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Home Industry News Remote-controlled microrobots ‘offer numerous medical applications’

Remote-controlled microrobots ‘offer numerous medical applications’

26th July 2016

A new method for building microrobots could lead to the production of remote-controlled machines to aid the treatment of various diseases.

Developed by the Ecole Polytechnique Federale de Lausanne, the microrobots are soft, flexible and do not utilise conventional motors. Instead, they are made of a biocompatible hydrogel and magnetic nanoparticles, which give them their shape and allow them to move when an electromagnetic field is applied.

The prototype robot presented in this work has a bacterium-like flagellum that enables it to swim, potentially allowing it to move freely through the body. The technology can also been shown to change shape in response to heat.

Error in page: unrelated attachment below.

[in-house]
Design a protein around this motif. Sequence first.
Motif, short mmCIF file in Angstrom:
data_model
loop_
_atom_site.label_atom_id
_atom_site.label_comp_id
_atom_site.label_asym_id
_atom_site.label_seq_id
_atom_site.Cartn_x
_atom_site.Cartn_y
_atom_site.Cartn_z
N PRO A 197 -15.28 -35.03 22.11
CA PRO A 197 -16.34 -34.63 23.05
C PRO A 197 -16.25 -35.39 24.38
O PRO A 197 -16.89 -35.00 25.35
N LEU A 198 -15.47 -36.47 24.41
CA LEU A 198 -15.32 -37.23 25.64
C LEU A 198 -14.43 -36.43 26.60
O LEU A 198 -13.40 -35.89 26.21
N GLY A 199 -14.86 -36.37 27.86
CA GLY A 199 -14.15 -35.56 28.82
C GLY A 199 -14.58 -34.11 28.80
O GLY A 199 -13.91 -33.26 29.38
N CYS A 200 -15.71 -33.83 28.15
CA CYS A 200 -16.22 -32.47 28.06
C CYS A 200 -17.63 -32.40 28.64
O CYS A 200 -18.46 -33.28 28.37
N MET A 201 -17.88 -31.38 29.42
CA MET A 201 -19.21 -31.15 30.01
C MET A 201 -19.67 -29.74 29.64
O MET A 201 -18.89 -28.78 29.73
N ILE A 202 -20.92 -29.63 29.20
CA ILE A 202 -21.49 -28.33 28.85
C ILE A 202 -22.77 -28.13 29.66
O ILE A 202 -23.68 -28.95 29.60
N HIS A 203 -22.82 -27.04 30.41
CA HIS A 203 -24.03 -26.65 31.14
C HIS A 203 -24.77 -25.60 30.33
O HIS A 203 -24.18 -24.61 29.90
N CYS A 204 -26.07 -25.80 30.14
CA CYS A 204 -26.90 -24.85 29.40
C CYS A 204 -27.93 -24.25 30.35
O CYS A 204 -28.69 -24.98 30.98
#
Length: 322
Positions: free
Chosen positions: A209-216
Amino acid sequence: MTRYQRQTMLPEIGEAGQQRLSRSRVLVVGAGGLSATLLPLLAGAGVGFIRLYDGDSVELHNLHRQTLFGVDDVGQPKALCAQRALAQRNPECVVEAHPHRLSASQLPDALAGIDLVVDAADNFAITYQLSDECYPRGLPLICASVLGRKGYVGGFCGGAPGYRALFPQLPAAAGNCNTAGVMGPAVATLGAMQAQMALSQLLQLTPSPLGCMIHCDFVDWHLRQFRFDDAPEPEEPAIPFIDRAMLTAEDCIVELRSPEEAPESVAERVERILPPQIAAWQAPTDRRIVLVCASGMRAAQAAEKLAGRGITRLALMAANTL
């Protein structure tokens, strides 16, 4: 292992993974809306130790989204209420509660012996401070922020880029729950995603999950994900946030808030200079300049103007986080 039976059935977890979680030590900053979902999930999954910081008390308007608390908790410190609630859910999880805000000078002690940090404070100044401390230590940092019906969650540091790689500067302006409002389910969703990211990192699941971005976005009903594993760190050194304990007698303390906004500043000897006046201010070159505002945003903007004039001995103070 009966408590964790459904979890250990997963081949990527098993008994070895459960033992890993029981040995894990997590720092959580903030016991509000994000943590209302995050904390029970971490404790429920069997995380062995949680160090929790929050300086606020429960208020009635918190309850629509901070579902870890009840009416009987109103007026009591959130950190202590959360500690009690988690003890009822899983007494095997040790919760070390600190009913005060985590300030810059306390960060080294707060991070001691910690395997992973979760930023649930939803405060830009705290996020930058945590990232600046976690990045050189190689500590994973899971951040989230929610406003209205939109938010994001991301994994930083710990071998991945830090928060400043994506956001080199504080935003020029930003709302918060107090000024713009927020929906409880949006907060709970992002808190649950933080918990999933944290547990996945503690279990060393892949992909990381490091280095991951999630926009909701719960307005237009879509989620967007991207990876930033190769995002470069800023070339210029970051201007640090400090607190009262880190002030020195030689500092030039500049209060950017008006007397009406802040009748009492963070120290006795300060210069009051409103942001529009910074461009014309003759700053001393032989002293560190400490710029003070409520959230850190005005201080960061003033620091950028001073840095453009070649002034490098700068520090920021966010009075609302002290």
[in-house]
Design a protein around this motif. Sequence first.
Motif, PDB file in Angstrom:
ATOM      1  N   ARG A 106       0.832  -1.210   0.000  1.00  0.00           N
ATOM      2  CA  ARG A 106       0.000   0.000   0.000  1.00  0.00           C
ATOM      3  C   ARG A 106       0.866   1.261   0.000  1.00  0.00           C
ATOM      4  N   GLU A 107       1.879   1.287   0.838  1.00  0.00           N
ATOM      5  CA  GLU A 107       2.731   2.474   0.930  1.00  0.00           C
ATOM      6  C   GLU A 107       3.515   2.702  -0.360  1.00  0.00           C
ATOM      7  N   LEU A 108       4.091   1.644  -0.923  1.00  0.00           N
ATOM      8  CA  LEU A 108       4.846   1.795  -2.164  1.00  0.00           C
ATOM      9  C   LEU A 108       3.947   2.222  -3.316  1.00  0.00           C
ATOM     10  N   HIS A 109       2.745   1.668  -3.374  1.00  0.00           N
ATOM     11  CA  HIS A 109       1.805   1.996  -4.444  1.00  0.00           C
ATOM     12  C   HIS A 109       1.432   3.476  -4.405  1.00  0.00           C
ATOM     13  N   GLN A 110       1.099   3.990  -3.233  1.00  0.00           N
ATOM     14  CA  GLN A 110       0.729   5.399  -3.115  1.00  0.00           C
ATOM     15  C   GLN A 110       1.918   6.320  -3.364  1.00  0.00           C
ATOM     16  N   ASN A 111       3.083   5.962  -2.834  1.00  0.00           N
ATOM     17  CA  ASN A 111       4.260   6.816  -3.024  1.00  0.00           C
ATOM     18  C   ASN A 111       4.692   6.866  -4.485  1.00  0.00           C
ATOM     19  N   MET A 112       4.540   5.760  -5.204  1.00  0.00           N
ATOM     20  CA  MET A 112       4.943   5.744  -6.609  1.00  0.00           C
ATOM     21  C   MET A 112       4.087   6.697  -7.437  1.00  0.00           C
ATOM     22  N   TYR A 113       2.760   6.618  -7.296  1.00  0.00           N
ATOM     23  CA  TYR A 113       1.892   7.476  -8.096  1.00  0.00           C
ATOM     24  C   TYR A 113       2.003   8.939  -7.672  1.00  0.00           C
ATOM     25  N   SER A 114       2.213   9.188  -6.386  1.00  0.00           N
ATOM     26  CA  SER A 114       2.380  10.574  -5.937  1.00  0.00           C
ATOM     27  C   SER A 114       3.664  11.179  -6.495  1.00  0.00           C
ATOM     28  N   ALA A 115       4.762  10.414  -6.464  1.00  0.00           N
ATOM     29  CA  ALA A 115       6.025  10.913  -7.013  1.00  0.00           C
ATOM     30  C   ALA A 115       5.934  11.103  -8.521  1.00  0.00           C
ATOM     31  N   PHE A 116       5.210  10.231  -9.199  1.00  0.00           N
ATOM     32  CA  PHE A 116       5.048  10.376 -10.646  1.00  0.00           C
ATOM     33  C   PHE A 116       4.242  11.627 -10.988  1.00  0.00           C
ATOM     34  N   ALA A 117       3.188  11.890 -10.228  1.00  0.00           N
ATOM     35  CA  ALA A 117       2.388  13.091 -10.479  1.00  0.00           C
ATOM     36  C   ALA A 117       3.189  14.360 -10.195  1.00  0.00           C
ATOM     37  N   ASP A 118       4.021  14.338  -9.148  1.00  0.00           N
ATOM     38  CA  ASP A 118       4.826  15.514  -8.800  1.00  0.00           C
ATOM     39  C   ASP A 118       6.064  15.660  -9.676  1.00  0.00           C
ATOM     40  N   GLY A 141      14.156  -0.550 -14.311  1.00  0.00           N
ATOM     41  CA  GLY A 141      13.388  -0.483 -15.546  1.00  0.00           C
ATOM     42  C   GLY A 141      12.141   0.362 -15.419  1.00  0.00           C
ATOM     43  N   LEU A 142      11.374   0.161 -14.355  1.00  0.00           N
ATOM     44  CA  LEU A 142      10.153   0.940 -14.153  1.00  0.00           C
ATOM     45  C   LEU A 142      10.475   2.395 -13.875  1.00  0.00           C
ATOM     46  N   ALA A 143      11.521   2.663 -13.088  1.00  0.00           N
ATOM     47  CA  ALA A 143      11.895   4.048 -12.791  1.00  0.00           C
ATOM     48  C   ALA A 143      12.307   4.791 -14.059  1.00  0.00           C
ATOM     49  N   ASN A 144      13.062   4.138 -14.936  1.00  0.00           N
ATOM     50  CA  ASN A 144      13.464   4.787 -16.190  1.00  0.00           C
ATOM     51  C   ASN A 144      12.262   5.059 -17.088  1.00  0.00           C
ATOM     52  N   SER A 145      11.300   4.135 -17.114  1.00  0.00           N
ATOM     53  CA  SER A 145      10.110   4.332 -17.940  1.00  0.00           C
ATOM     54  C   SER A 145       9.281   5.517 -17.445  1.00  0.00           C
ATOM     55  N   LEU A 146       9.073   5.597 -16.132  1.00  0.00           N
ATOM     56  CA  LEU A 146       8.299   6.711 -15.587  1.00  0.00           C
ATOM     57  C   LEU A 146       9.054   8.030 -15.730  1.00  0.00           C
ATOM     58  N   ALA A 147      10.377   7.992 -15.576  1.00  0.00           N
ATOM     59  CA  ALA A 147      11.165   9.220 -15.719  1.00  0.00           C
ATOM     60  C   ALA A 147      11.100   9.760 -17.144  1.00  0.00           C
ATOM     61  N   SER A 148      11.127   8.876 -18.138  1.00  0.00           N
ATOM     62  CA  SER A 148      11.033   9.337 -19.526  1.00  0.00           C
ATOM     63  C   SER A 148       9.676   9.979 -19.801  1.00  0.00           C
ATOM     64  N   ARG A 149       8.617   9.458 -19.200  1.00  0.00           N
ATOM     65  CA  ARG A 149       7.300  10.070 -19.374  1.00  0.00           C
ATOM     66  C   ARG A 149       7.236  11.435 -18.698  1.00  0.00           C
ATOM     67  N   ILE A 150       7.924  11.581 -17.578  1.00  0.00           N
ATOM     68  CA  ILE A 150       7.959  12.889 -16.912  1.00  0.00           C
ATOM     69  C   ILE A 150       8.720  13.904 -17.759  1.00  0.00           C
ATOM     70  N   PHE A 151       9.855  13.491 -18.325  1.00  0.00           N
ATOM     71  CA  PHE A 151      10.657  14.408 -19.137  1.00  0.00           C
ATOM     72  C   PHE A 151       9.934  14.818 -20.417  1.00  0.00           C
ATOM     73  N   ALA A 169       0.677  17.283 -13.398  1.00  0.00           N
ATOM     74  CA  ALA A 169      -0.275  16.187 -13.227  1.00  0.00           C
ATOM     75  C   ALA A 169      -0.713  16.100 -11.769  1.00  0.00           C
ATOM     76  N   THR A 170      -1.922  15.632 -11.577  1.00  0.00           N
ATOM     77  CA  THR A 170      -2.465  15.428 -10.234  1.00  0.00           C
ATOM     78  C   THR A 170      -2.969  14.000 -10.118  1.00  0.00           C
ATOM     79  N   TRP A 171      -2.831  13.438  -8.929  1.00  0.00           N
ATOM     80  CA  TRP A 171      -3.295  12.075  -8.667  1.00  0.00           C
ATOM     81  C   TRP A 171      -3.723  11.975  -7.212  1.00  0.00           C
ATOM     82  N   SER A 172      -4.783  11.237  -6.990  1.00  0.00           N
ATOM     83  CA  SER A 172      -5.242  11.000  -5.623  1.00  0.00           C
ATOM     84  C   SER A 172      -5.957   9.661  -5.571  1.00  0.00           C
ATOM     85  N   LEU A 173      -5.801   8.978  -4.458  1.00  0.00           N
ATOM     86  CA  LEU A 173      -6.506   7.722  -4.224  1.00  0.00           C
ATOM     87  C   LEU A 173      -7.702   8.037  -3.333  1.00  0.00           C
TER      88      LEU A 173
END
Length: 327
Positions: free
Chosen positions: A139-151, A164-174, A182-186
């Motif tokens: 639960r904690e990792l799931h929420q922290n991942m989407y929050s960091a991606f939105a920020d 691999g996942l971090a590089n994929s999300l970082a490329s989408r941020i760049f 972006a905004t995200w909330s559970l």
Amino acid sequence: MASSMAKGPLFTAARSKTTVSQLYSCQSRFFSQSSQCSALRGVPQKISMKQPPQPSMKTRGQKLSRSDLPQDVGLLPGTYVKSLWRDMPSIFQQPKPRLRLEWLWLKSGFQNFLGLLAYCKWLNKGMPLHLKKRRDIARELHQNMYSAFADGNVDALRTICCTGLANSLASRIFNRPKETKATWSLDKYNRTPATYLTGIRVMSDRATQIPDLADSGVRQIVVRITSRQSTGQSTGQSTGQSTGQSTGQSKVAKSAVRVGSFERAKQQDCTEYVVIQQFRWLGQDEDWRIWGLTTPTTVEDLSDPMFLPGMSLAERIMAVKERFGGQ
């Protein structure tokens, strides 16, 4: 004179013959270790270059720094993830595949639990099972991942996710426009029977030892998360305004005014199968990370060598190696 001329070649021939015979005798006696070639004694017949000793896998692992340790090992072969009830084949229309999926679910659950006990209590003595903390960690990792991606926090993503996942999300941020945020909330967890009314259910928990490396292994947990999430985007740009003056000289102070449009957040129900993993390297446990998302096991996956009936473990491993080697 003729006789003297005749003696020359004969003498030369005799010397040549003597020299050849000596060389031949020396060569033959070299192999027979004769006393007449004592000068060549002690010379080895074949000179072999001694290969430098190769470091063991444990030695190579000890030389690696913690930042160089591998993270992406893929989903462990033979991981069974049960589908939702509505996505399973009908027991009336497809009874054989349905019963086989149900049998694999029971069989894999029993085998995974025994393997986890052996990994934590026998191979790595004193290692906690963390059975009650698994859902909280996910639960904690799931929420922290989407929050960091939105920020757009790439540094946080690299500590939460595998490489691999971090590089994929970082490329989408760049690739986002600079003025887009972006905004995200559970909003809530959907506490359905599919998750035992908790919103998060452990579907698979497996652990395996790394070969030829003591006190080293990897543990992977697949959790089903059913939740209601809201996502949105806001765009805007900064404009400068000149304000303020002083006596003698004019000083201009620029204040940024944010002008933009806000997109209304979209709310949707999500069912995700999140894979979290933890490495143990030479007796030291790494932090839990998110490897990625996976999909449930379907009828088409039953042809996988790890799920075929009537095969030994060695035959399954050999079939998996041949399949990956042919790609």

It is thought that microrobots of this kind could be used in future to deliver drugs at specific locations, or perform precise operations such as removing blockages from arteries. They offer a less invasive alternative to complex surgery and could represent a safer, more effective approach for many patients.

Selman Sakar of the Ecole Polytechnique Federale de Lausanne said: "There are still many factors we have to take into account. For instance, we have to make sure that the microrobots won't cause any side effects in patients."ADNFCR-8000103-ID-801822481-ADNFCR

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